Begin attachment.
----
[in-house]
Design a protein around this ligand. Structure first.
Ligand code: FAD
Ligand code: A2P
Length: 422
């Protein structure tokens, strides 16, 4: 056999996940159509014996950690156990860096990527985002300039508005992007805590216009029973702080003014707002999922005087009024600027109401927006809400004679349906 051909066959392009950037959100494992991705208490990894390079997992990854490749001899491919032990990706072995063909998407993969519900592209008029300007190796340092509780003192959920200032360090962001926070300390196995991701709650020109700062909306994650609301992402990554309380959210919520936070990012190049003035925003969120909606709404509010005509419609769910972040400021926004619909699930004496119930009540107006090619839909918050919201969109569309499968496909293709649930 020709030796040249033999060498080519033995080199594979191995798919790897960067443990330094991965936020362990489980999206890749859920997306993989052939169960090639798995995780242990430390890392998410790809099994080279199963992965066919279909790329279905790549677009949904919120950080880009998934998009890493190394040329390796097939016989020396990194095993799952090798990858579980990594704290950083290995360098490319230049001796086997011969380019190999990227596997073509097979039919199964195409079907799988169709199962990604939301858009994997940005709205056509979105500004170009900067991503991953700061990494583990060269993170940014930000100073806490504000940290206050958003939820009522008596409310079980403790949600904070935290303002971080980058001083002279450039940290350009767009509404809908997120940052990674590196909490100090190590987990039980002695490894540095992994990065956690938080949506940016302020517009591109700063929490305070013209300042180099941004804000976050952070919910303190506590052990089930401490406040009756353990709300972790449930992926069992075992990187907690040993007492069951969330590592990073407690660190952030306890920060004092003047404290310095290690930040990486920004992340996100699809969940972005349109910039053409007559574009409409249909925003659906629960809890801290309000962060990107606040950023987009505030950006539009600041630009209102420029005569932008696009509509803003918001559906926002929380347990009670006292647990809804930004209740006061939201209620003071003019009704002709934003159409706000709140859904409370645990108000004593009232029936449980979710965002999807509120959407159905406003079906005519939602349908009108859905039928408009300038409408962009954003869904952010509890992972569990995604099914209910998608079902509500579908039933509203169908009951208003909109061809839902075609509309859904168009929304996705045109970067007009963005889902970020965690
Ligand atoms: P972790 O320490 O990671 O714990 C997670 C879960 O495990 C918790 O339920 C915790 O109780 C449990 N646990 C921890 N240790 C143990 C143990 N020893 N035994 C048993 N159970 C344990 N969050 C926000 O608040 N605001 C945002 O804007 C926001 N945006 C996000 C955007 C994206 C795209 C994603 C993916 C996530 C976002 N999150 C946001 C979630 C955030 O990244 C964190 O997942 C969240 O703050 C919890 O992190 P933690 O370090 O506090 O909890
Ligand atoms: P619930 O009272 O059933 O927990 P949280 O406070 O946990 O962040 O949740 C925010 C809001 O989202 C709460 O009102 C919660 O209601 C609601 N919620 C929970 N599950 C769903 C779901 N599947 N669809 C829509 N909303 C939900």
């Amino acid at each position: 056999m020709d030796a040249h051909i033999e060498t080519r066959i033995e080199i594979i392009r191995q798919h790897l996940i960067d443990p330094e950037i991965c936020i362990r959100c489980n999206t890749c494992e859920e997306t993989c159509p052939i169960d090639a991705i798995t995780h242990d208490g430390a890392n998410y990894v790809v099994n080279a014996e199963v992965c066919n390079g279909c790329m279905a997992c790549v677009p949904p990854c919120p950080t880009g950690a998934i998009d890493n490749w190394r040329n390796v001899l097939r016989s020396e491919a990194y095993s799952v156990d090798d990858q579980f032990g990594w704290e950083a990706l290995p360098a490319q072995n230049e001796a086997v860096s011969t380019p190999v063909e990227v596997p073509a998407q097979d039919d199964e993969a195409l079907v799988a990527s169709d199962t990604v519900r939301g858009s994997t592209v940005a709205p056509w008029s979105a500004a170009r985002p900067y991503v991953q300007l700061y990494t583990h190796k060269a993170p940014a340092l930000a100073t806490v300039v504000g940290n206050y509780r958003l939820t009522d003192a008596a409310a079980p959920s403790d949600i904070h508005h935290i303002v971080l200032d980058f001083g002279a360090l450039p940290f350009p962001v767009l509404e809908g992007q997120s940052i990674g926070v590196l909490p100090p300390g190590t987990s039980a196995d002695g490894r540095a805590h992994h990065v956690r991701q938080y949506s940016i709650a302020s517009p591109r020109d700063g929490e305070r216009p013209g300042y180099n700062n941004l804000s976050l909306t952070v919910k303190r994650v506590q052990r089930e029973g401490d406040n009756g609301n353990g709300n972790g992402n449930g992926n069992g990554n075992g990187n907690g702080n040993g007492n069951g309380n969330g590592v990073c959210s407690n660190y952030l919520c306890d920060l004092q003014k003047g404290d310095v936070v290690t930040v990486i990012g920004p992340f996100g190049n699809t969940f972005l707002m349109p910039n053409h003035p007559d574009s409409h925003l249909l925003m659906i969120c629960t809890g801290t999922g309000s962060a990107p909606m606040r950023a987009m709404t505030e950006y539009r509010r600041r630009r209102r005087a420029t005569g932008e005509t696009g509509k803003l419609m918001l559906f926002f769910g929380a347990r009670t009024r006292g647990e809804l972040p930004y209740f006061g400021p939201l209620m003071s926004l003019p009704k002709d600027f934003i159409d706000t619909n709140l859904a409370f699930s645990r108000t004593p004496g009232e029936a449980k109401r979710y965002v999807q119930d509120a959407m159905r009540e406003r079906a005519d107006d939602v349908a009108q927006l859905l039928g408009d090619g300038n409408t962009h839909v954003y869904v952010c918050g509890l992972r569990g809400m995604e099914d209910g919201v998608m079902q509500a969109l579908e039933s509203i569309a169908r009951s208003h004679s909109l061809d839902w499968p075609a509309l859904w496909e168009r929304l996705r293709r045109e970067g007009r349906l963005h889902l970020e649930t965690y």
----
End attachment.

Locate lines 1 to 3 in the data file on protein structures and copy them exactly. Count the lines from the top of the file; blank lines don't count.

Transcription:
[in-house]
Design a protein around this ligand. Structure first.
Ligand code: FAD